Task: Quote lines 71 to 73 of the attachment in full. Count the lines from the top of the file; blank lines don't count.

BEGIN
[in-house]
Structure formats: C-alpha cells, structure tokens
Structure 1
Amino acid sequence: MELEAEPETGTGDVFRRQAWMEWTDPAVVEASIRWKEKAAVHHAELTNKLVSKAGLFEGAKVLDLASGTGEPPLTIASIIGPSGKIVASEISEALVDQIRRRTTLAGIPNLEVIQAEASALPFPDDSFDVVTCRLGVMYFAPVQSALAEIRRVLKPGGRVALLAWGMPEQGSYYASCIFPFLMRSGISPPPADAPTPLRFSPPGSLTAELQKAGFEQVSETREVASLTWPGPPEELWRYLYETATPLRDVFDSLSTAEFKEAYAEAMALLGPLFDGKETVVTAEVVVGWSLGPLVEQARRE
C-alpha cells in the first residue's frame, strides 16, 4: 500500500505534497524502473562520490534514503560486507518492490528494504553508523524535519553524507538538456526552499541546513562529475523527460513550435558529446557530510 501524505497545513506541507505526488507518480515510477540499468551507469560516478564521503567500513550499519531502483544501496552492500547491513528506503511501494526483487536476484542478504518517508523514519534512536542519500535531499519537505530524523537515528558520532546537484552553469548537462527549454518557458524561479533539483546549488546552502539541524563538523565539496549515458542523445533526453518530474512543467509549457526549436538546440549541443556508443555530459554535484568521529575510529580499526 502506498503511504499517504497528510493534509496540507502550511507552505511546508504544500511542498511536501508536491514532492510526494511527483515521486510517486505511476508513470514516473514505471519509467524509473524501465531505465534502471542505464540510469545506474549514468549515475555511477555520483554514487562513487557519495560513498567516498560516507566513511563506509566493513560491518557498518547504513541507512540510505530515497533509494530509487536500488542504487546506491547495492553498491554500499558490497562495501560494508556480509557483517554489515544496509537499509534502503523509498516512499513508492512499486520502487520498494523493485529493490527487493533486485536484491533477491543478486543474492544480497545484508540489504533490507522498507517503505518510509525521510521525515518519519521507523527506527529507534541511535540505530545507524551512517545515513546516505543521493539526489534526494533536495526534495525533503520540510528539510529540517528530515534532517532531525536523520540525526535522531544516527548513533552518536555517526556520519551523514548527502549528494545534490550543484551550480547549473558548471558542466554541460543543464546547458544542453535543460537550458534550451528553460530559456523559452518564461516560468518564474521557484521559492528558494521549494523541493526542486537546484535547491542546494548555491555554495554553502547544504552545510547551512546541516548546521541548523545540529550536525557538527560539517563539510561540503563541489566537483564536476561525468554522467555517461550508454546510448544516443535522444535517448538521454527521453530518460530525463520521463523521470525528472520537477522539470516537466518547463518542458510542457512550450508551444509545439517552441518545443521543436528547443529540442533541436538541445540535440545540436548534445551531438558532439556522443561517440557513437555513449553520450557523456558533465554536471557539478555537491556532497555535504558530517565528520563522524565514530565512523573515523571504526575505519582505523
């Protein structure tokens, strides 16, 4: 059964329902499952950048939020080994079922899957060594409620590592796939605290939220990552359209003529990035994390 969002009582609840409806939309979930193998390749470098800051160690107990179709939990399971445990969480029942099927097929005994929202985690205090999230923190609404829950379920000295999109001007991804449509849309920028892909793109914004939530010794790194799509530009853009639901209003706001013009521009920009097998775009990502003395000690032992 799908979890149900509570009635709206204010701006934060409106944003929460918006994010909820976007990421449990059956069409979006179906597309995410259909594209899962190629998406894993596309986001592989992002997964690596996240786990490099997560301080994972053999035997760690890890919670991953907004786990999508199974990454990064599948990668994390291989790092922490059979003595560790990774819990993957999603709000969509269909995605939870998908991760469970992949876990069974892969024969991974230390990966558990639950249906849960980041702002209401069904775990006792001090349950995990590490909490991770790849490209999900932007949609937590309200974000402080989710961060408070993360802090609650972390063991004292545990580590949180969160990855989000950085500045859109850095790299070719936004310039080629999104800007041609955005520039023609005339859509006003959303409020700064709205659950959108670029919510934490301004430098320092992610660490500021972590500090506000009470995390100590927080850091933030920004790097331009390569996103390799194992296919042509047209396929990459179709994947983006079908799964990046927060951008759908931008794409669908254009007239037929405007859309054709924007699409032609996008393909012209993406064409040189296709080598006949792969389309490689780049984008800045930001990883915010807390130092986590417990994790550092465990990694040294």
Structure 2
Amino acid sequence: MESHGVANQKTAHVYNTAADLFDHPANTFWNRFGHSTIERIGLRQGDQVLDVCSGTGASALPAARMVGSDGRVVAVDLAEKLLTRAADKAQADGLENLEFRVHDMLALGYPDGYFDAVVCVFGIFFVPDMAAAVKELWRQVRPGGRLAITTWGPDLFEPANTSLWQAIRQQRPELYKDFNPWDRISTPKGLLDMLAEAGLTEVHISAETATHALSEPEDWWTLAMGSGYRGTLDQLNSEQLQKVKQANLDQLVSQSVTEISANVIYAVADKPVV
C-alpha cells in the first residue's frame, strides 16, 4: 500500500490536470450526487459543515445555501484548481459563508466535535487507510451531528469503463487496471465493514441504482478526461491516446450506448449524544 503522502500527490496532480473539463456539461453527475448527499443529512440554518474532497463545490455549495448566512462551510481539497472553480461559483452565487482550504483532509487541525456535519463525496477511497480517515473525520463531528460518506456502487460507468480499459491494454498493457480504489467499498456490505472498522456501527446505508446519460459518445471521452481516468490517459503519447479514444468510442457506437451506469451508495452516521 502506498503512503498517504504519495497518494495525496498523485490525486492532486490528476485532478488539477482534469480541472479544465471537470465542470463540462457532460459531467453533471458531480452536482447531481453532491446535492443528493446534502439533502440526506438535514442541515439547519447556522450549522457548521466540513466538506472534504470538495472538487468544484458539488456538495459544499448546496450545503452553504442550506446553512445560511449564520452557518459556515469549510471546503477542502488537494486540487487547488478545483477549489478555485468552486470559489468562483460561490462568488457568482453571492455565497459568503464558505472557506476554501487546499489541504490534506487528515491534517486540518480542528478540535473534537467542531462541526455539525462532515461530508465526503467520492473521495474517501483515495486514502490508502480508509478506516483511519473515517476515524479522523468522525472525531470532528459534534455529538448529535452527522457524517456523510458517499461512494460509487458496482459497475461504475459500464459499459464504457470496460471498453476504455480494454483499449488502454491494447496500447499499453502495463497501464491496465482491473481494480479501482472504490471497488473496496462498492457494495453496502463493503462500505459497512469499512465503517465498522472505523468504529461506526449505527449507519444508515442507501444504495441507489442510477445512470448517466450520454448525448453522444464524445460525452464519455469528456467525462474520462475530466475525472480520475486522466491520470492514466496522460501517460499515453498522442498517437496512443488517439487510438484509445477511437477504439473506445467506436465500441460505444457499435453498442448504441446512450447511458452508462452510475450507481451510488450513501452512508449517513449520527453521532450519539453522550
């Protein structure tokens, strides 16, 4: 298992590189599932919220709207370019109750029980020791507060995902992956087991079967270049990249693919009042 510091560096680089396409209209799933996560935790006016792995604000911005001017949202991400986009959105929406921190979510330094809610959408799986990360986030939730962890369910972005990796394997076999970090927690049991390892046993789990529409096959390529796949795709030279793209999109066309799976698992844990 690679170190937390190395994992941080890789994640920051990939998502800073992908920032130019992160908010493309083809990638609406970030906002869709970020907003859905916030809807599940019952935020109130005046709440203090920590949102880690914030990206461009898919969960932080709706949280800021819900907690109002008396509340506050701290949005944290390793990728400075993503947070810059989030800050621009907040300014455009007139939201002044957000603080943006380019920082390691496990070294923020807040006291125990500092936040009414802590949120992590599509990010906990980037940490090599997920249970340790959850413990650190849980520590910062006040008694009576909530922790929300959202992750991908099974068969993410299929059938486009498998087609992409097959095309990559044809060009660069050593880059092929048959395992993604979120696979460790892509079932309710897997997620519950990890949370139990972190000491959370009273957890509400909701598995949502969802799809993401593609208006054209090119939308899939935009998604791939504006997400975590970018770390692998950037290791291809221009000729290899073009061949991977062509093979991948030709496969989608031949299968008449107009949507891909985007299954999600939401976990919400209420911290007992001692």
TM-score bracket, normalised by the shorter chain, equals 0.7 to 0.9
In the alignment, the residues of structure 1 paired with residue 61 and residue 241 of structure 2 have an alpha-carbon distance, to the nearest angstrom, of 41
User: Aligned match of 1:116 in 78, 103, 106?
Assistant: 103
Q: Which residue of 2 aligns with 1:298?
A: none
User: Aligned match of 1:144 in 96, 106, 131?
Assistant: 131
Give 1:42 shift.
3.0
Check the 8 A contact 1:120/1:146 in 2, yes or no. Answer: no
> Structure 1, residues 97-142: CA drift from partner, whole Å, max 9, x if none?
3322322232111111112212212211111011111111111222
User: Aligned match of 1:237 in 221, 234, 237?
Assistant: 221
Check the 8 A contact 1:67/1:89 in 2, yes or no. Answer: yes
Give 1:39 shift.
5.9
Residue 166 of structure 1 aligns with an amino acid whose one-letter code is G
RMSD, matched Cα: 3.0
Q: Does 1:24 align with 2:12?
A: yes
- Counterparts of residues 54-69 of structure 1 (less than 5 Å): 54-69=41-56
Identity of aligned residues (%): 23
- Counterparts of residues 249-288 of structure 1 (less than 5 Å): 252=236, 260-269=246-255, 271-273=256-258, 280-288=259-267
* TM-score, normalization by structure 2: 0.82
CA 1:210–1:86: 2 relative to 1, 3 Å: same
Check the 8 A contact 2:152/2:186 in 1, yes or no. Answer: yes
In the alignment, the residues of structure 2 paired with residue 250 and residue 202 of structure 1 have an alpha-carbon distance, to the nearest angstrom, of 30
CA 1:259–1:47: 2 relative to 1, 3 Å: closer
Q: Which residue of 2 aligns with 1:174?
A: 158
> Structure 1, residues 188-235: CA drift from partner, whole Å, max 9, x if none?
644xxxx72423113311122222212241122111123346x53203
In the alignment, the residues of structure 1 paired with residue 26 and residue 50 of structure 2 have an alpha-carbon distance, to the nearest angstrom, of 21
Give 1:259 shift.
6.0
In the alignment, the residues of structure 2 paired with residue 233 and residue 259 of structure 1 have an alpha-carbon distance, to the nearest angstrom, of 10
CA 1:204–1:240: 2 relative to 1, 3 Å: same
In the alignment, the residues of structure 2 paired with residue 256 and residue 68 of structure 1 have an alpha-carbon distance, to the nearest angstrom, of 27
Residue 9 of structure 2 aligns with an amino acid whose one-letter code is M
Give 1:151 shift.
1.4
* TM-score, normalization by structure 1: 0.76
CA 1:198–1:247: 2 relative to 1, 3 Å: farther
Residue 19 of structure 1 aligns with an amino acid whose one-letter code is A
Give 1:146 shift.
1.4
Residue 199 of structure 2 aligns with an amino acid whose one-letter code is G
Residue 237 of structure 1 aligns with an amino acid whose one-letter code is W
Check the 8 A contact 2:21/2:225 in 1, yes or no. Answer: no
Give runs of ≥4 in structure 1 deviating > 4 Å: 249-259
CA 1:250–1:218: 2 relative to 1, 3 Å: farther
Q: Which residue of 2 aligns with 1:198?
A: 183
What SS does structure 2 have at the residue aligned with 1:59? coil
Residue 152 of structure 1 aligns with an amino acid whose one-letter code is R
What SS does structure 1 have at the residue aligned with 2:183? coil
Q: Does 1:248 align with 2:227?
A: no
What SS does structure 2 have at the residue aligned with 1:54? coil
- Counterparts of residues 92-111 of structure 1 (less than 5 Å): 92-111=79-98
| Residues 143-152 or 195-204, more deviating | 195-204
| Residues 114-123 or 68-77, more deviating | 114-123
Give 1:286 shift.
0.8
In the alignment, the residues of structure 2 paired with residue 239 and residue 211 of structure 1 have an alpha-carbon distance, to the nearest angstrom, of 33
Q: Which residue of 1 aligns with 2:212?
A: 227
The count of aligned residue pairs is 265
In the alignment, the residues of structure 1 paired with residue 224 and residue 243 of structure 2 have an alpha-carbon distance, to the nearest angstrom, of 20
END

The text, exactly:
What SS does structure 2 have at the residue aligned with 1:54? coil
- Counterparts of residues 92-111 of structure 1 (less than 5 Å): 92-111=79-98
| Residues 143-152 or 195-204, more deviating | 195-204